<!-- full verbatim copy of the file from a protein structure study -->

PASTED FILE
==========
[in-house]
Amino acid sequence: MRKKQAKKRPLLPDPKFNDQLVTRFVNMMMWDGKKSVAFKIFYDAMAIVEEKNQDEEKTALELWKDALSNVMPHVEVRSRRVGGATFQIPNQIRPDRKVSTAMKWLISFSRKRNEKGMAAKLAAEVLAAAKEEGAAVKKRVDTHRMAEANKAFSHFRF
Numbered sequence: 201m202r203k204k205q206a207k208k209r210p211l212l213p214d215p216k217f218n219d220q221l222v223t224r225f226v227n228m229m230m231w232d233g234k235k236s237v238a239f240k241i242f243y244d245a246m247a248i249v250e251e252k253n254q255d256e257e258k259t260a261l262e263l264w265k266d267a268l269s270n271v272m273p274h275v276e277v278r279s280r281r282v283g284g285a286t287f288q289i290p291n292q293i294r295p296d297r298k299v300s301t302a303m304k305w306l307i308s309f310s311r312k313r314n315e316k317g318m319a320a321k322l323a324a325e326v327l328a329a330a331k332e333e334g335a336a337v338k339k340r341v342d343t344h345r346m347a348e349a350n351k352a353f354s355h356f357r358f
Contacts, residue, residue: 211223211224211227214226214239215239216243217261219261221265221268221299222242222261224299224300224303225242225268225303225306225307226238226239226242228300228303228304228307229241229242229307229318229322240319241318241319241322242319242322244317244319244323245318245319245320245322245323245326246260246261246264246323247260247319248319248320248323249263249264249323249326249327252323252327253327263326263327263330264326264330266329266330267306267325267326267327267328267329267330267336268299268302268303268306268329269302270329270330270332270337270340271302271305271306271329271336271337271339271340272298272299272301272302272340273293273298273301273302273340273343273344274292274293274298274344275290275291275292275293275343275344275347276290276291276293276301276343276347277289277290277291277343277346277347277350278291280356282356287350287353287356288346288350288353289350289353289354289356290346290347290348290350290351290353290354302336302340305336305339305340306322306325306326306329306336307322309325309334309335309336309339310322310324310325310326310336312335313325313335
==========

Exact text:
[in-house]
Amino acid sequence: MRKKQAKKRPLLPDPKFNDQLVTRFVNMMMWDGKKSVAFKIFYDAMAIVEEKNQDEEKTALELWKDALSNVMPHVEVRSRRVGGATFQIPNQIRPDRKVSTAMKWLISFSRKRNEKGMAAKLAAEVLAAAKEEGAAVKKRVDTHRMAEANKAFSHFRF
Numbered sequence: 201m202r203k204k205q206a207k208k209r210p211l212l213p214d215p216k217f218n219d220q221l222v223t224r225f226v227n228m229m230m231w232d233g234k235k236s237v238a239f240k241i242f243y244d245a246m247a248i249v250e251e252k253n254q255d256e257e258k259t260a261l262e263l264w265k266d267a268l269s270n271v272m273p274h275v276e277v278r279s280r281r282v283g284g285a286t287f288q289i290p291n292q293i294r295p296d297r298k299v300s301t302a303m304k305w306l307i308s309f310s311r312k313r314n315e316k317g318m319a320a321k322l323a324a325e326v327l328a329a330a331k332e333e334g335a336a337v338k339k340r341v342d343t344h345r346m347a348e349a350n351k352a353f354s355h356f357r358f
Contacts, residue, residue: 211223211224211227214226214239215239216243217261219261221265221268221299222242222261224299224300224303225242225268225303225306225307226238226239226242228300228303228304228307229241229242229307229318229322240319241318241319241322242319242322244317244319244323245318245319245320245322245323245326246260246261246264246323247260247319248319248320248323249263249264249323249326249327252323252327253327263326263327263330264326264330266329266330267306267325267326267327267328267329267330267336268299268302268303268306268329269302270329270330270332270337270340271302271305271306271329271336271337271339271340272298272299272301272302272340273293273298273301273302273340273343273344274292274293274298274344275290275291275292275293275343275344275347276290276291276293276301276343276347277289277290277291277343277346277347277350278291280356282356287350287353287356288346288350288353289350289353289354289356290346290347290348290350290351290353290354302336302340305336305339305340306322306325306326306329306336307322309325309334309335309336309339310322310324310325310326310336312335313325313335